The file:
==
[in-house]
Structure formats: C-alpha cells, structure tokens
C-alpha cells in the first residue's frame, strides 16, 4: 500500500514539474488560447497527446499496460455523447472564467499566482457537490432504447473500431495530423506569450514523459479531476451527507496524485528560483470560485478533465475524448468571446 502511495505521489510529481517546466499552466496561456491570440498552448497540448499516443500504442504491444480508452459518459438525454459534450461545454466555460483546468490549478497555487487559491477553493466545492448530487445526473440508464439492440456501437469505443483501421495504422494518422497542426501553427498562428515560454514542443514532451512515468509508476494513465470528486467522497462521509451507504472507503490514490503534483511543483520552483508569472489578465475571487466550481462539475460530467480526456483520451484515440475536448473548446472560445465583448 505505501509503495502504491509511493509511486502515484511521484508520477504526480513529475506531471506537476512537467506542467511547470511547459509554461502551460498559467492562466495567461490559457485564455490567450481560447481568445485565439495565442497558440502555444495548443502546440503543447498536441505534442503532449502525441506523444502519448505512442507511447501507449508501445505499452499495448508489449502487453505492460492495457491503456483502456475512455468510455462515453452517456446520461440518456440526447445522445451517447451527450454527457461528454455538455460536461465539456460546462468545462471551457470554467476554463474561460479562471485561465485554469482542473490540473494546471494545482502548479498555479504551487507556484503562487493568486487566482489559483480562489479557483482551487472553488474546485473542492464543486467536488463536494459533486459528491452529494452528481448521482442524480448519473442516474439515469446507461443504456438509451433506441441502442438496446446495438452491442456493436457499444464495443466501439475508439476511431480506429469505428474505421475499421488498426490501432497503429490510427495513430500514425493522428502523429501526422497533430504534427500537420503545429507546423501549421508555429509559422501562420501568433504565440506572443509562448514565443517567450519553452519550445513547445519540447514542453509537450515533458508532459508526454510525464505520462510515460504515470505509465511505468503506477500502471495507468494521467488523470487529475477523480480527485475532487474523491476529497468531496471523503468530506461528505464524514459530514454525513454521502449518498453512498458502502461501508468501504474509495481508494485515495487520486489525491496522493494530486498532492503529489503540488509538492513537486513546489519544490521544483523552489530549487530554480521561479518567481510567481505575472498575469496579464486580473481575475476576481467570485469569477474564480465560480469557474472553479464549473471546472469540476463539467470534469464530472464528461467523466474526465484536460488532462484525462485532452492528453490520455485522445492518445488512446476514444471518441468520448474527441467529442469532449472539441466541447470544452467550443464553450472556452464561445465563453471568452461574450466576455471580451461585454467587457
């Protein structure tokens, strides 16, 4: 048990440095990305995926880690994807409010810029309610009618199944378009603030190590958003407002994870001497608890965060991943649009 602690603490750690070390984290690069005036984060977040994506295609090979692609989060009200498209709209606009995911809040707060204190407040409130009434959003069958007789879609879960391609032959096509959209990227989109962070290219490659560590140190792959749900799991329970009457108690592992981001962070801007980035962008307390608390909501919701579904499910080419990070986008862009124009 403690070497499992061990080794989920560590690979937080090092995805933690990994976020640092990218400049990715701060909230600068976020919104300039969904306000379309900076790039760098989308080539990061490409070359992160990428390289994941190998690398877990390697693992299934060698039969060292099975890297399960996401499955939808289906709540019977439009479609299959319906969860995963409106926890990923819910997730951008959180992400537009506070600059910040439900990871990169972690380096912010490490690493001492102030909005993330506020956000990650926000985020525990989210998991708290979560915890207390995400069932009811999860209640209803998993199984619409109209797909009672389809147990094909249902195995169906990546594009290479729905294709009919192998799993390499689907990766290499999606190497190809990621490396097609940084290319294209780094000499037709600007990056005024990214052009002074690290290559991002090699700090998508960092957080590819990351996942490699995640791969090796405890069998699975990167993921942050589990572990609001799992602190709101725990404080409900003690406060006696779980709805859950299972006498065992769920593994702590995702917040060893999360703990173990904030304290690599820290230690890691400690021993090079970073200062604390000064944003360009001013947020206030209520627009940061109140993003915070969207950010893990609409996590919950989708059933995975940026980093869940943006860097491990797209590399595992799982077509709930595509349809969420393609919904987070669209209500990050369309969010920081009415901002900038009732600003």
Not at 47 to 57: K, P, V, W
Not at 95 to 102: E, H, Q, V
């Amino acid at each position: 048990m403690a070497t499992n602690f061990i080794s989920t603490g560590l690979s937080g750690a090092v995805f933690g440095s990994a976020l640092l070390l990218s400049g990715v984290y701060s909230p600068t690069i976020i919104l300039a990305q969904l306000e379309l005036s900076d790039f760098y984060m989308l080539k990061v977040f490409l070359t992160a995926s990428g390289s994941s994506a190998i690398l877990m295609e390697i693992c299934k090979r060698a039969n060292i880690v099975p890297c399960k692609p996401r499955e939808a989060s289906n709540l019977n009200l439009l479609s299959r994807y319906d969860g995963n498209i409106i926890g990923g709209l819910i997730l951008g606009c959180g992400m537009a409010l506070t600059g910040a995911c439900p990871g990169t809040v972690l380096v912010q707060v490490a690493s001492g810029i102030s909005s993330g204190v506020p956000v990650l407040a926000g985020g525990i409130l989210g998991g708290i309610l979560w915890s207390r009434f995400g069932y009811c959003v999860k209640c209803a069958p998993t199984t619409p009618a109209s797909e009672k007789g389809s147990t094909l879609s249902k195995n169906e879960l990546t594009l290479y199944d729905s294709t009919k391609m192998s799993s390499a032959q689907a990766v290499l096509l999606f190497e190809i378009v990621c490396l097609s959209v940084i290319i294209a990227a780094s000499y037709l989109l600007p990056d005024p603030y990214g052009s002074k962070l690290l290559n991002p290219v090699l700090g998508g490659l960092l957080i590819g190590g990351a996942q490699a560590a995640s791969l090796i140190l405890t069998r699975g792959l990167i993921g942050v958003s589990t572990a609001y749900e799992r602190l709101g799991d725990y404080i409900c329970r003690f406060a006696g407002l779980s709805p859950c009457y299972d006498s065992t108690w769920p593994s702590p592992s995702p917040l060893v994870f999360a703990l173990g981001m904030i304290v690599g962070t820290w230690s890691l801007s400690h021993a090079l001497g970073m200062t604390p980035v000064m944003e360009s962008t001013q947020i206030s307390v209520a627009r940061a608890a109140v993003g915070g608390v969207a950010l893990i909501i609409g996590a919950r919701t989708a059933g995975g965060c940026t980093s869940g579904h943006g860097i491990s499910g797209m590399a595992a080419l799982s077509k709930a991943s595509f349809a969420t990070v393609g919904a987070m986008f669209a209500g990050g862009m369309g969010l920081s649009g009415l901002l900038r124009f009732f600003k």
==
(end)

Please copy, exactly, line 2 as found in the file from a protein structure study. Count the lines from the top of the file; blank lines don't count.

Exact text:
Structure formats: C-alpha cells, structure tokens